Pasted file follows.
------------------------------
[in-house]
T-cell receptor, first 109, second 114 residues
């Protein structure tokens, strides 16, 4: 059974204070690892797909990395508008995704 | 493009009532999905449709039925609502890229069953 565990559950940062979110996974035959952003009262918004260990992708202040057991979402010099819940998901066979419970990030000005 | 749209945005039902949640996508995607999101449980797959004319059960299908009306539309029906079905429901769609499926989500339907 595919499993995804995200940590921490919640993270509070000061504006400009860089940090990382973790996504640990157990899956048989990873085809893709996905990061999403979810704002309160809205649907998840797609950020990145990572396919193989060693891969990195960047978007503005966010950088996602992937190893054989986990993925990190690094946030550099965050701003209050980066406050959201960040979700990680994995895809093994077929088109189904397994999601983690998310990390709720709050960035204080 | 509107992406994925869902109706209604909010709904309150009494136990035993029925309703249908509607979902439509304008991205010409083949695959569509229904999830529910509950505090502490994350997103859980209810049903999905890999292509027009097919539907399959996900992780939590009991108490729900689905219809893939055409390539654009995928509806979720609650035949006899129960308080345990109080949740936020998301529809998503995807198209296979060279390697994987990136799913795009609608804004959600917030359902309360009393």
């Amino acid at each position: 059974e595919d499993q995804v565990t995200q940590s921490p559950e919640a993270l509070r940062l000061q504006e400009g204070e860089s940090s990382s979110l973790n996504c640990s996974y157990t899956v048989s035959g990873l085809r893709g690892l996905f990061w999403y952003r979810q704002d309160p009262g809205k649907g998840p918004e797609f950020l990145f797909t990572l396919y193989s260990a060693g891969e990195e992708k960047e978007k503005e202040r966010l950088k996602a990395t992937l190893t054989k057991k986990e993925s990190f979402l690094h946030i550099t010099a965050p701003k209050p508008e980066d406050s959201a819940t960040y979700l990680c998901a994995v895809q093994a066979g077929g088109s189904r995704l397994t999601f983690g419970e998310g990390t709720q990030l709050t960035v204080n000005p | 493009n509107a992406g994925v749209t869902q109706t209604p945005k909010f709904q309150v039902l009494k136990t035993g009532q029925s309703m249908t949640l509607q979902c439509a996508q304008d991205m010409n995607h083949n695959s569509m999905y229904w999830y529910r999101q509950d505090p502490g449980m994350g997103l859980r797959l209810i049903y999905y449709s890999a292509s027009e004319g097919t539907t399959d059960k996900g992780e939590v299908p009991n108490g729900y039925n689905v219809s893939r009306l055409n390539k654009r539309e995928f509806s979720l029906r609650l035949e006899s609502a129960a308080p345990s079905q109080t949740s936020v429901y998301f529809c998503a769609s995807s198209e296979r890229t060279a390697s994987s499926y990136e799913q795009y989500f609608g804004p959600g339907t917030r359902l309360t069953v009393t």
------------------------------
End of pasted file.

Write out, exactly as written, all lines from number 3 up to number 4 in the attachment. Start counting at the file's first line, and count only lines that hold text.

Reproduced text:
């Protein structure tokens, strides 16, 4: 059974204070690892797909990395508008995704 | 493009009532999905449709039925609502890229069953 565990559950940062979110996974035959952003009262918004260990992708202040057991979402010099819940998901066979419970990030000005 | 749209945005039902949640996508995607999101449980797959004319059960299908009306539309029906079905429901769609499926989500339907 595919499993995804995200940590921490919640993270509070000061504006400009860089940090990382973790996504640990157990899956048989990873085809893709996905990061999403979810704002309160809205649907998840797609950020990145990572396919193989060693891969990195960047978007503005966010950088996602992937190893054989986990993925990190690094946030550099965050701003209050980066406050959201960040979700990680994995895809093994077929088109189904397994999601983690998310990390709720709050960035204080 | 509107992406994925869902109706209604909010709904309150009494136990035993029925309703249908509607979902439509304008991205010409083949695959569509229904999830529910509950505090502490994350997103859980209810049903999905890999292509027009097919539907399959996900992780939590009991108490729900689905219809893939055409390539654009995928509806979720609650035949006899129960308080345990109080949740936020998301529809998503995807198209296979060279390697994987990136799913795009609608804004959600917030359902309360009393």
């Amino acid at each position: 059974e595919d499993q995804v565990t995200q940590s921490p559950e919640a993270l509070r940062l000061q504006e400009g204070e860089s940090s990382s979110l973790n996504c640990s996974y157990t899956v048989s035959g990873l085809r893709g690892l996905f990061w999403y952003r979810q704002d309160p009262g809205k649907g998840p918004e797609f950020l990145f797909t990572l396919y193989s260990a060693g891969e990195e992708k960047e978007k503005e202040r966010l950088k996602a990395t992937l190893t054989k057991k986990e993925s990190f979402l690094h946030i550099t010099a965050p701003k209050p508008e980066d406050s959201a819940t960040y979700l990680c998901a994995v895809q093994a066979g077929g088109s189904r995704l397994t999601f983690g419970e998310g990390t709720q990030l709050t960035v204080n000005p | 493009n509107a992406g994925v749209t869902q109706t209604p945005k909010f709904q309150v039902l009494k136990t035993g009532q029925s309703m249908t949640l509607q979902c439509a996508q304008d991205m010409n995607h083949n695959s569509m999905y229904w999830y529910r999101q509950d505090p502490g449980m994350g997103l859980r797959l209810i049903y999905y449709s890999a292509s027009e004319g097919t539907t399959d059960k996900g992780e939590v299908p009991n108490g729900y039925n689905v219809s893939r009306l055409n390539k654009r539309e995928f509806s979720l029906r609650l035949e006899s609502a129960a308080p345990s079905q109080t949740s936020v429901y998301f529809c998503a769609s995807s198209e296979r890229t060279a390697s994987s499926y990136e799913q795009y989500f609608g804004p959600g339907t917030r359902l309360t069953v009393t």